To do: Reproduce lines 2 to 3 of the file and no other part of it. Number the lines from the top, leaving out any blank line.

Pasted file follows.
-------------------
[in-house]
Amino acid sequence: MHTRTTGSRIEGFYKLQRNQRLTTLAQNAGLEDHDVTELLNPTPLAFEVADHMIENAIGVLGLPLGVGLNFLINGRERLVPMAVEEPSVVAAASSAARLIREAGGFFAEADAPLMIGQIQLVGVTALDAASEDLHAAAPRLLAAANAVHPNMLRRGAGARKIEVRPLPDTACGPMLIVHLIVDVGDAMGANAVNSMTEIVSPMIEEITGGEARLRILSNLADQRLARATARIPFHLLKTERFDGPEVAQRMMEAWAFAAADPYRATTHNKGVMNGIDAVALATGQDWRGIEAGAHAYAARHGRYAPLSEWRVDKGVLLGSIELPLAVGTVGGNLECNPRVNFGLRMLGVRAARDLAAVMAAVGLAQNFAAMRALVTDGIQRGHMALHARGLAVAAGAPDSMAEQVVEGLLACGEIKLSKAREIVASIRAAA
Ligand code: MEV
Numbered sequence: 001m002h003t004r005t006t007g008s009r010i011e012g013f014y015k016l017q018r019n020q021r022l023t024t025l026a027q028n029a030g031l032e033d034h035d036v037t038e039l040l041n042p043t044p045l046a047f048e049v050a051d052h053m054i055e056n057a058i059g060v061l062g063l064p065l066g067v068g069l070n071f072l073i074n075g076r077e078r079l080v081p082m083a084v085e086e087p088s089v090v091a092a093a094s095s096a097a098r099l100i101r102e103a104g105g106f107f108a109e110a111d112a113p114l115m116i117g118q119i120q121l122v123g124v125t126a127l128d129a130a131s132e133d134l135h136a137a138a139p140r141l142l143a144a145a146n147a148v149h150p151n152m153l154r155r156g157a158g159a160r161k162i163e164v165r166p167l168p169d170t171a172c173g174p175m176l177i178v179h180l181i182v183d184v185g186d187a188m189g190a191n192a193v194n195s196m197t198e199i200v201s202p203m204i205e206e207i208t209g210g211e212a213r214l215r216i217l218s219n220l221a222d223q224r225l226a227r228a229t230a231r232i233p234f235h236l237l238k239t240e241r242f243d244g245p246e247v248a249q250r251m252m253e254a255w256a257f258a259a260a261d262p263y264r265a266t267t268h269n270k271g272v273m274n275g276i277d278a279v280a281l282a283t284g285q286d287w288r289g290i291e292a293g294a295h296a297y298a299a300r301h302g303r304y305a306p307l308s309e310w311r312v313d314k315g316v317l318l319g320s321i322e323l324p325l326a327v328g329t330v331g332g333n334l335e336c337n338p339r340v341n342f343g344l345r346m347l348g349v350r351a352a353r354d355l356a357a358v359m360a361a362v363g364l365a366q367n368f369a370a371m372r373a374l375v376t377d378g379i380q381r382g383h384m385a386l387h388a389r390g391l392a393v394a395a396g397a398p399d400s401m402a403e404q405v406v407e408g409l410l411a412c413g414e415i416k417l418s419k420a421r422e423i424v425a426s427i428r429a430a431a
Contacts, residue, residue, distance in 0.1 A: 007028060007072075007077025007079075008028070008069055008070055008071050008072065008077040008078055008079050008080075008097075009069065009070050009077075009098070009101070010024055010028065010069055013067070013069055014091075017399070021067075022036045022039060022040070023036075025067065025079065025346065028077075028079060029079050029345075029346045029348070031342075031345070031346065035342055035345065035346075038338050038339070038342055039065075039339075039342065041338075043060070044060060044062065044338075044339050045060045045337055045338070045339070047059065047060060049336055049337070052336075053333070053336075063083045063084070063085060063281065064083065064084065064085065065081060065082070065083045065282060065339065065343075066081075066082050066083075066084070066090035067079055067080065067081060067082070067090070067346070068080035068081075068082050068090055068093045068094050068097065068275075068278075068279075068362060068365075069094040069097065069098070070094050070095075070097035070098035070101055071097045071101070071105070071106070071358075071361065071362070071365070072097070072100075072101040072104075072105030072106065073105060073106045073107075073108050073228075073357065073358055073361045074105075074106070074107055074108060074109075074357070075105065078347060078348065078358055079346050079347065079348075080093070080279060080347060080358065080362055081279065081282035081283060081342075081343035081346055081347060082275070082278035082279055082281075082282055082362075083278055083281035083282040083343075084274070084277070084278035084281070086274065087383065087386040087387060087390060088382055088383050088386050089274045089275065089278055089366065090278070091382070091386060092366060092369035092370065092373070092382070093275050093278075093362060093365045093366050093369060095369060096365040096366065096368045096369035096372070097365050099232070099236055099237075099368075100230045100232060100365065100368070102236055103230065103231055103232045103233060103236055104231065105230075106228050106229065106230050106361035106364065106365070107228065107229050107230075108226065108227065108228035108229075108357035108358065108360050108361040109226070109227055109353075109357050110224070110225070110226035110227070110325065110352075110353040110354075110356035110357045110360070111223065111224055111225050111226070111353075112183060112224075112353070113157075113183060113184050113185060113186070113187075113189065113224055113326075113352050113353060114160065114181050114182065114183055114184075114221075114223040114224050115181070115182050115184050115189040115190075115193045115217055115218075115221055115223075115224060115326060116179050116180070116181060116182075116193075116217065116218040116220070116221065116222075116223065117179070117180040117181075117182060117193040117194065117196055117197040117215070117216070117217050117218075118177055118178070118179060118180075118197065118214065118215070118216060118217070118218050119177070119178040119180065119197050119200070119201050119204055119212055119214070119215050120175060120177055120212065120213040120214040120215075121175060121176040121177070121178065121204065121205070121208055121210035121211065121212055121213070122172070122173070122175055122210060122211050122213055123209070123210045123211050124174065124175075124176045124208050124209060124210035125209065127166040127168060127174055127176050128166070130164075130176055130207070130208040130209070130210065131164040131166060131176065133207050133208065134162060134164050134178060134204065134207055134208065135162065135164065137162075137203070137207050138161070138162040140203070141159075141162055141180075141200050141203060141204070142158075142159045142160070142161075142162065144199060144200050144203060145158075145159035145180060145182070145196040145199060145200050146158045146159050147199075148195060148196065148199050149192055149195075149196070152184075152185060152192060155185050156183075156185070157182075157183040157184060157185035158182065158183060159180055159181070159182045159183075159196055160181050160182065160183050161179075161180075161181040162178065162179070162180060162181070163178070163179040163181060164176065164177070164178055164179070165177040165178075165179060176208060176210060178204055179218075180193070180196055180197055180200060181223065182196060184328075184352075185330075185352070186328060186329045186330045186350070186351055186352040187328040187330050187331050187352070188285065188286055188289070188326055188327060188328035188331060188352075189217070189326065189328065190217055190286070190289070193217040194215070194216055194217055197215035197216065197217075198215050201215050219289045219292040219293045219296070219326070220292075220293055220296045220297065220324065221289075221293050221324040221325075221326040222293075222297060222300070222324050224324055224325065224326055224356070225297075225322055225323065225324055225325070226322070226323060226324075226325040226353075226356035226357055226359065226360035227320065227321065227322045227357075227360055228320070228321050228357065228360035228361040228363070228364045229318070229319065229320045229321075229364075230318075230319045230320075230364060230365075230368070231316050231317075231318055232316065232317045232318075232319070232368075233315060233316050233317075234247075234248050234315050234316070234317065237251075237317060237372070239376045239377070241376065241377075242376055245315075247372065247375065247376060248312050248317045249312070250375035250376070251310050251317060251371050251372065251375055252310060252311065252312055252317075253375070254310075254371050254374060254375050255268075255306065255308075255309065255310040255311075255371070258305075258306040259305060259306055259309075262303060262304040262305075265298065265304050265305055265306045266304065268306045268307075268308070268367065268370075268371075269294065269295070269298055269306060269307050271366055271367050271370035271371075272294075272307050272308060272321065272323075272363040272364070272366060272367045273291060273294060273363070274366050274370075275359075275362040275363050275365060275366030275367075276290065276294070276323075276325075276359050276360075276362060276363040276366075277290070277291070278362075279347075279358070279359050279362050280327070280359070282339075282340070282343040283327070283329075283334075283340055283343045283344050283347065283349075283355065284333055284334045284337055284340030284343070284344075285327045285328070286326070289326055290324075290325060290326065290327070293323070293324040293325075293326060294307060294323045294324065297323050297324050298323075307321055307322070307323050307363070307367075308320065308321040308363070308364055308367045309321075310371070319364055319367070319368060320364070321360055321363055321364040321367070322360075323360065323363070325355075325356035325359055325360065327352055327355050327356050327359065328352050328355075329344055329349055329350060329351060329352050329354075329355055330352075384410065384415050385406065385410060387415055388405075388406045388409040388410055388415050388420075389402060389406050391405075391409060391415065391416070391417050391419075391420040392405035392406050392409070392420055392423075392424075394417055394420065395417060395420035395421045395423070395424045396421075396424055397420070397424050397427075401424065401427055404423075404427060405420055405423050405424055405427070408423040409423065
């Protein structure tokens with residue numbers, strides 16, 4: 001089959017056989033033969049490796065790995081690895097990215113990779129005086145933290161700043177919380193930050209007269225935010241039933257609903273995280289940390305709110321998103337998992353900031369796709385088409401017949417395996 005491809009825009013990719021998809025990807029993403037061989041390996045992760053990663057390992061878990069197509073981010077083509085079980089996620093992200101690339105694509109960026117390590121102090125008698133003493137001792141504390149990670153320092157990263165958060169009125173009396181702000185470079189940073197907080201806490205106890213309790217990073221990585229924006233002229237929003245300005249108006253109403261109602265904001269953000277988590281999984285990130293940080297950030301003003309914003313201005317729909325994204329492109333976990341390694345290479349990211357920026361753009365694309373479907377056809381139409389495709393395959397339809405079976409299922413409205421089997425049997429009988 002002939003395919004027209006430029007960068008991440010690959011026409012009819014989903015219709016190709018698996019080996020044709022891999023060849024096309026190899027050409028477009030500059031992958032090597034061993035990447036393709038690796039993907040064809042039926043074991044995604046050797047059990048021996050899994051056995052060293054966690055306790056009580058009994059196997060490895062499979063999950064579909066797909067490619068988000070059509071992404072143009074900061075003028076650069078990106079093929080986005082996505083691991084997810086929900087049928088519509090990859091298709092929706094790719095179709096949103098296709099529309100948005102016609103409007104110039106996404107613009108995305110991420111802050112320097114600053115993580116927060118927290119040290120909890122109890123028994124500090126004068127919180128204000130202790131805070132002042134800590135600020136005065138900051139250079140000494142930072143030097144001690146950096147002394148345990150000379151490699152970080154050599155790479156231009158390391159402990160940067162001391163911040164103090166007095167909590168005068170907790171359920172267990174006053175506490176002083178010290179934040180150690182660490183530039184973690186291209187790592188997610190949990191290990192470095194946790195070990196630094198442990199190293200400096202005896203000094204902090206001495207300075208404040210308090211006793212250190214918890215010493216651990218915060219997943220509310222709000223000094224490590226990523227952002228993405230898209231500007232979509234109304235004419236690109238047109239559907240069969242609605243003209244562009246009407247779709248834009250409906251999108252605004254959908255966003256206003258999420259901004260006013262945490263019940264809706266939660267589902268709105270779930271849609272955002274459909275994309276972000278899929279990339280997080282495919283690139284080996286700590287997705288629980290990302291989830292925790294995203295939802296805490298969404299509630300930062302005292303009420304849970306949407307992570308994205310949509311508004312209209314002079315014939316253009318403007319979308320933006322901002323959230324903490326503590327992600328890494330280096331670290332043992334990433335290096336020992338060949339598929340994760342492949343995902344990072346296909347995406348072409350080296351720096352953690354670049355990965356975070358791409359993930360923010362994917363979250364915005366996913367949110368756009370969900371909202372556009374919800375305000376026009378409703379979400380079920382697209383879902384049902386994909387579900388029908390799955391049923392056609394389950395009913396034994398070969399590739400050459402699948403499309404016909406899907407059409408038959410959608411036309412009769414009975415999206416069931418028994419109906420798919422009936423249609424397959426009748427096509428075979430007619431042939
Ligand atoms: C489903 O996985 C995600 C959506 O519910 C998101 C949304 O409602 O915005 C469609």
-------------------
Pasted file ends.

Amino acid sequence: MHTRTTGSRIEGFYKLQRNQRLTTLAQNAGLEDHDVTELLNPTPLAFEVADHMIENAIGVLGLPLGVGLNFLINGRERLVPMAVEEPSVVAAASSAARLIREAGGFFAEADAPLMIGQIQLVGVTALDAASEDLHAAAPRLLAAANAVHPNMLRRGAGARKIEVRPLPDTACGPMLIVHLIVDVGDAMGANAVNSMTEIVSPMIEEITGGEARLRILSNLADQRLARATARIPFHLLKTERFDGPEVAQRMMEAWAFAAADPYRATTHNKGVMNGIDAVALATGQDWRGIEAGAHAYAARHGRYAPLSEWRVDKGVLLGSIELPLAVGTVGGNLECNPRVNFGLRMLGVRAARDLAAVMAAVGLAQNFAAMRALVTDGIQRGHMALHARGLAVAAGAPDSMAEQVVEGLLACGEIKLSKAREIVASIRAAA
Ligand code: MEV